In our last post, we reported reaching King Harbor in Redondo Beach. We were lucky enough to snag a reciprocal spot on their outer guest dock. This one had no power or water, but was apparently the prime viewing location for the 4th of July fireworks coming in a few days. We met lots of nice people at KHYC including former Tacoma Yacht Club members who were part of the KHYC bridge, and we shared the dock with a great couple on their new boat. We rode bikes along The Strand through Hermosa Beach and points North. We could have ridden up to our next destination, Marina Del Rey, but hunger got the better of us. We attended a fun Friday night dinner with our new friends, and headed north to Del Rey Yacht Club after two nights at King Harbor. We had a final celebratory dinner with Miranda in Marina Del Rey, and then she was off on the 4th, heading back home to Seattle.

After our Southern California sojourn with Miranda, we began our journey North in earnest. We didn’t make it very far. The next day we traveled about 50 miles to Ventura Yacht Club, where we stayed on our way down in 2019. We had a couple of nights there, going out for dinner in the harbor and riding bikes over to Ventura Beach for lunch. Next, we made the short run to Santa Barbara, where we had a reciprocal spot at the Yacht Club. It was a good thing, too, as the marina was full. Fortunately, the yacht club had a cancelation, and we were able to stay on the guest dock.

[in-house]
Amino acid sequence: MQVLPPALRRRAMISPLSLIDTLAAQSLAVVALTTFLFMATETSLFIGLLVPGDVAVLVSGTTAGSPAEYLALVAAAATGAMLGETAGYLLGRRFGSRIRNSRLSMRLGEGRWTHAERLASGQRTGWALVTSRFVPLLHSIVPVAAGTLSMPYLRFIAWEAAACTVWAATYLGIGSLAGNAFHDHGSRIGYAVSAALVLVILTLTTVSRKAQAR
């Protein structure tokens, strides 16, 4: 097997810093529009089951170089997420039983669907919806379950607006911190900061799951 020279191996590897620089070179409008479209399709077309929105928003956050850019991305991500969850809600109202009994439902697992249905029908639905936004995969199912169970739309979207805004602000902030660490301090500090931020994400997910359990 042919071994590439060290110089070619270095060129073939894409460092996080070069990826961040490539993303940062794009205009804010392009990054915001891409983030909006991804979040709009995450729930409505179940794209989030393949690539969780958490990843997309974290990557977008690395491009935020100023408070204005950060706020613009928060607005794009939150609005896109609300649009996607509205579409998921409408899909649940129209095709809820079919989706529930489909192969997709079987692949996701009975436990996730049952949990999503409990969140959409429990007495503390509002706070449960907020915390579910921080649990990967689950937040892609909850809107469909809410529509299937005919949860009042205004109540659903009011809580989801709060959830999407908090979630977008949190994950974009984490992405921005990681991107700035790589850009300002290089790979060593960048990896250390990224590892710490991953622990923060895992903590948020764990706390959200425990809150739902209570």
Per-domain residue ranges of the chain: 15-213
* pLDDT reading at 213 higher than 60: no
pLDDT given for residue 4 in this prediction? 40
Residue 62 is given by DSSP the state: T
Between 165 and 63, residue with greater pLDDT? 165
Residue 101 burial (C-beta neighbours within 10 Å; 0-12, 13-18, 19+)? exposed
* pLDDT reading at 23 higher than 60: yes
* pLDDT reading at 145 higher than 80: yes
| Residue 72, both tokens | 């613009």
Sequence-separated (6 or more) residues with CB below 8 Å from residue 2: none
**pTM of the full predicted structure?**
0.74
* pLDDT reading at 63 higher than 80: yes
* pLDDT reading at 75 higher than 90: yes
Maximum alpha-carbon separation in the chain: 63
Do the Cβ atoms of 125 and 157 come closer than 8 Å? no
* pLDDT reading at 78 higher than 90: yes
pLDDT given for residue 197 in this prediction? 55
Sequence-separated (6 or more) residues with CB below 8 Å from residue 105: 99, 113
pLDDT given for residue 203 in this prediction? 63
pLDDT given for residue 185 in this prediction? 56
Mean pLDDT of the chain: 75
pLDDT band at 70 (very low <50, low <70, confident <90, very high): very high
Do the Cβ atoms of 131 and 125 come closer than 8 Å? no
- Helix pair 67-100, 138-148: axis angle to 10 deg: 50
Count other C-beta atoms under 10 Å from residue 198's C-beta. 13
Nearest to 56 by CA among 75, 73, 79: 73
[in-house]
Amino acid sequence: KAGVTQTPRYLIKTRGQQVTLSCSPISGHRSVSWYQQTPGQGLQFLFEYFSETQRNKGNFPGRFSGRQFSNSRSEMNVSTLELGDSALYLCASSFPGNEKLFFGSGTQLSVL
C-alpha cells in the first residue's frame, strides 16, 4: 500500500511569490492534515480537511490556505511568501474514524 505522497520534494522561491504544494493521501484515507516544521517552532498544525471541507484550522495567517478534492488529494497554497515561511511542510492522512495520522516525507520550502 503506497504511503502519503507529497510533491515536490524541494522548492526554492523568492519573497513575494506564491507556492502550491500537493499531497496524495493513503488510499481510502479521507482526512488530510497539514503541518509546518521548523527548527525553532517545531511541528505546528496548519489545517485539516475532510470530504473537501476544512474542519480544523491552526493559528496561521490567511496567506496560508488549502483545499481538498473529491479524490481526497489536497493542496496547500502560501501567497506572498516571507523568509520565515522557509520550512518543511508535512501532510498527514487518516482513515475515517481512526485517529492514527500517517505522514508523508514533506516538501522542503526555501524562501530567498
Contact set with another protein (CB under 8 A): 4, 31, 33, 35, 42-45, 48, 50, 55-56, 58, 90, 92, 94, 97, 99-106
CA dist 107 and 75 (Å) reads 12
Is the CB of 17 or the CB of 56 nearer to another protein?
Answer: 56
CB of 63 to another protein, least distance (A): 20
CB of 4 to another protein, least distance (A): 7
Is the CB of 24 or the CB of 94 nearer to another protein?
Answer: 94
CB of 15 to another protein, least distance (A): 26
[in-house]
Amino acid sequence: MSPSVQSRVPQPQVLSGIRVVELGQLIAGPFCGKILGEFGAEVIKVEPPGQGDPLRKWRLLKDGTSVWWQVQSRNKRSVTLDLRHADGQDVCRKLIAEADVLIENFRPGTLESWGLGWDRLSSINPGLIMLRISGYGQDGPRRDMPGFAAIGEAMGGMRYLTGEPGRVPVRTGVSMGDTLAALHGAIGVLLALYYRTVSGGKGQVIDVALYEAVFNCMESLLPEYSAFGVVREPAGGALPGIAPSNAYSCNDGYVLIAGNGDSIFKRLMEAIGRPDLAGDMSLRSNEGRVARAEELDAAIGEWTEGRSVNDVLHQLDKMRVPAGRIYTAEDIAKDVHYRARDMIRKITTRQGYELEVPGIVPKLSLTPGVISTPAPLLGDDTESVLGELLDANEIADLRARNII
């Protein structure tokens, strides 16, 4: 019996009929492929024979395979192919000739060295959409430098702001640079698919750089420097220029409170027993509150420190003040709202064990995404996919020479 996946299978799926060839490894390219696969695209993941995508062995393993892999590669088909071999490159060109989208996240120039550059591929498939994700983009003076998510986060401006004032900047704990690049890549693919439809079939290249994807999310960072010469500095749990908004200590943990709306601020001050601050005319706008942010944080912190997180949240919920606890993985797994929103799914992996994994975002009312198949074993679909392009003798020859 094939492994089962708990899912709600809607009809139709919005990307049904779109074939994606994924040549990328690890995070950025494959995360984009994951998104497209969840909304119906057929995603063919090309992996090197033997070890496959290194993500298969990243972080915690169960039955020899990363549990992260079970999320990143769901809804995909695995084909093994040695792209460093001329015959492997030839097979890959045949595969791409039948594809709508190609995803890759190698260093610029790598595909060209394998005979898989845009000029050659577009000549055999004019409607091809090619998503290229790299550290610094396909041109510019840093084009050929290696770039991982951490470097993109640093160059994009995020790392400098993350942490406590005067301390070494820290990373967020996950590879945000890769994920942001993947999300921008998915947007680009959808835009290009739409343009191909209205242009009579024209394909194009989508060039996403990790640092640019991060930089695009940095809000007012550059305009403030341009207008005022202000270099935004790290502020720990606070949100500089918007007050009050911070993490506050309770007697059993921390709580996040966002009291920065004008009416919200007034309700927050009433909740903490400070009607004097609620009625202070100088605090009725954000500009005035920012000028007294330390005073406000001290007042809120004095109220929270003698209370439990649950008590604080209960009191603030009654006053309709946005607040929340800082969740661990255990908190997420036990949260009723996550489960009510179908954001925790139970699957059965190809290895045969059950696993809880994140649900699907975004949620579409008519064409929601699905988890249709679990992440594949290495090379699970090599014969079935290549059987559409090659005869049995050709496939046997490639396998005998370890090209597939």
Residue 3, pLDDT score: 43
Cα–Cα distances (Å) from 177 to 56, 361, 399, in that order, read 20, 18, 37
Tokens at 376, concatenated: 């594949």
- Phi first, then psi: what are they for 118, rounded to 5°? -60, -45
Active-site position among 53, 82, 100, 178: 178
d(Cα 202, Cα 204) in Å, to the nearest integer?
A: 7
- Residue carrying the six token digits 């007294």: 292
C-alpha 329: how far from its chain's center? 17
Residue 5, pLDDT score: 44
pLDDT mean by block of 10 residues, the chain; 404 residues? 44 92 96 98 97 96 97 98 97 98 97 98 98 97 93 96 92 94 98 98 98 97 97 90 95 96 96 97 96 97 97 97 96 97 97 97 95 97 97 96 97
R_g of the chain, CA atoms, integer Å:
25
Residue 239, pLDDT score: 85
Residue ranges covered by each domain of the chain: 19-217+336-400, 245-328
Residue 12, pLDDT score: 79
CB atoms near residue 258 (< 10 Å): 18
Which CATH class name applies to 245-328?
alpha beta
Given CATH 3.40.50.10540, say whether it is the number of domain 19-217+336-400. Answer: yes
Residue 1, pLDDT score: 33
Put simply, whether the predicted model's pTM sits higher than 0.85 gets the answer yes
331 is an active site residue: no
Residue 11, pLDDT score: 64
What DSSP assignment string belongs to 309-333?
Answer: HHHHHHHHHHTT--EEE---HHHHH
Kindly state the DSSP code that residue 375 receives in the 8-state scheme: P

Santa Barbara harbor. You can see Miss Miranda on the end tie past the big dock in the center of the photo.

We are still sitting in Santa Barbara, here for two weeks already, waiting for a weather window to get around Point Concepcion and up the central coast. This is the place where we make the transition from the generally benign Southern California weather to the notoriously windy central coast, and Point Concepcion is the corner we need to round.

Forecast from for 7/21. The pointer is right off Point Concepcion, where we get a rude introduction to the central coast. The orange colors are not good, indicating winds in the 25 to 30 knot range.

You can see the SoCal coastline generally goes from West to East below Point Concepcion, and is protected from the prevailing NW wind patterns. You can see this reflected in the nice cool colors (low winds) around Santa Barbara, where we are now, and further East.

This pattern is caused by a high pressure system that generally sits off the Pacific Coast combined with a low pressure system that sits somewhere in Southern California. If you recall, winds circulate clockwise around a high pressure system and counter clockwise around a low pressure system. This combination produces patterns of strong NW winds along the coast that can last for weeks, as we are learning. The big problem, in addition to the wind, is the size, period and direction of the waves. The swell generally comes from the NW, so is right on our nose. The size has not been too bad – in the 4-6 ft range, but, the period – time between waves – has been very short, on the order of 8-9 sec. Our rule of thumb is that we want to see periods of at least twice the wave height, and ideally 2.5 times. The short period we are seeing makes for some serious pitching and pounding, the same conditions that caused Gwen to have a very rough night on watch during the Baja Bash.